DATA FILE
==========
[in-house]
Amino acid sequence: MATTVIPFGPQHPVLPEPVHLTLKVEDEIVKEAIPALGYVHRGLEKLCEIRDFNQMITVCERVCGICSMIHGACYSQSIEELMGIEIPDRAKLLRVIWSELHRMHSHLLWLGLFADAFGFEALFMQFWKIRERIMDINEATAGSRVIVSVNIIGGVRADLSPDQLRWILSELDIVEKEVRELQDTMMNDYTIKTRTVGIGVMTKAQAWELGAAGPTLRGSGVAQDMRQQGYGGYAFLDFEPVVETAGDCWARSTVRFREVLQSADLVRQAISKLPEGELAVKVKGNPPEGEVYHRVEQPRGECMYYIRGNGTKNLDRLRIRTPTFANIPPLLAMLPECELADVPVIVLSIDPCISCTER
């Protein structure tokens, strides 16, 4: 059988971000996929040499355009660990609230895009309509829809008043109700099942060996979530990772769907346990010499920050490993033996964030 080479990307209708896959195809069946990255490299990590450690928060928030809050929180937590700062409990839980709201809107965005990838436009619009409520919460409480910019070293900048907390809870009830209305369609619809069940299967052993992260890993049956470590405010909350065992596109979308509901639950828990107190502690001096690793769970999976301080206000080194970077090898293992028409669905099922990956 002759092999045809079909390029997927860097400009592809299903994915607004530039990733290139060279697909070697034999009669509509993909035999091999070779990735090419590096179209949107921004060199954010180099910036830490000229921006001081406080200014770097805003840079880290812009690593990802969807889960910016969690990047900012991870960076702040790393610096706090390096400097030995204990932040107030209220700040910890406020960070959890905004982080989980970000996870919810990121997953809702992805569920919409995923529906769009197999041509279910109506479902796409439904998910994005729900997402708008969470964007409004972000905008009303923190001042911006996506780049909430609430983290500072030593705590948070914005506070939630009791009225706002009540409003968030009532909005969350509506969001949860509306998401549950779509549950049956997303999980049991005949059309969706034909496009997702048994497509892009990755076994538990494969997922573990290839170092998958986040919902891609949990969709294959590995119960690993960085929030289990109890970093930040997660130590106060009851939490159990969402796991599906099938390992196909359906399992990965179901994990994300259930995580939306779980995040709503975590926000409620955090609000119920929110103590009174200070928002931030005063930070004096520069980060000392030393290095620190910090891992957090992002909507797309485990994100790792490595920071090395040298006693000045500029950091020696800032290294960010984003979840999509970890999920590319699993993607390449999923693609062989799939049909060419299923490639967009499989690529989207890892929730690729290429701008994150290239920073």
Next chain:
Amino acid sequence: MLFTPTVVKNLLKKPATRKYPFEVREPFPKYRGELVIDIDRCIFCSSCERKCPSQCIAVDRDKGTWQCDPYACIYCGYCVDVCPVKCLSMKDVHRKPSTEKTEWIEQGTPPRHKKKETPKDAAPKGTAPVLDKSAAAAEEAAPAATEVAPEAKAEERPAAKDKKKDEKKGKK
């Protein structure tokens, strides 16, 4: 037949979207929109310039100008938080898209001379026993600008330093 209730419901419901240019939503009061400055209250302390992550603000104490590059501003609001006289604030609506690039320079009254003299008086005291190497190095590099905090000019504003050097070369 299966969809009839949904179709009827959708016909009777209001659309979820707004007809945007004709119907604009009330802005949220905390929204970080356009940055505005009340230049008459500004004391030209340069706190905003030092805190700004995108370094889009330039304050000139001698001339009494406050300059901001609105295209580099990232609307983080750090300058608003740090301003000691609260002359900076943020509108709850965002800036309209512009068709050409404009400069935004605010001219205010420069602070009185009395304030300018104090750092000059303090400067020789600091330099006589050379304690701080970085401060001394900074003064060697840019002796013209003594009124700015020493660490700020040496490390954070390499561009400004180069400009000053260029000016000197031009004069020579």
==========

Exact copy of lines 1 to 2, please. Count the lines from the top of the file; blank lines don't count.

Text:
[in-house]
Amino acid sequence: MATTVIPFGPQHPVLPEPVHLTLKVEDEIVKEAIPALGYVHRGLEKLCEIRDFNQMITVCERVCGICSMIHGACYSQSIEELMGIEIPDRAKLLRVIWSELHRMHSHLLWLGLFADAFGFEALFMQFWKIRERIMDINEATAGSRVIVSVNIIGGVRADLSPDQLRWILSELDIVEKEVRELQDTMMNDYTIKTRTVGIGVMTKAQAWELGAAGPTLRGSGVAQDMRQQGYGGYAFLDFEPVVETAGDCWARSTVRFREVLQSADLVRQAISKLPEGELAVKVKGNPPEGEVYHRVEQPRGECMYYIRGNGTKNLDRLRIRTPTFANIPPLLAMLPECELADVPVIVLSIDPCISCTER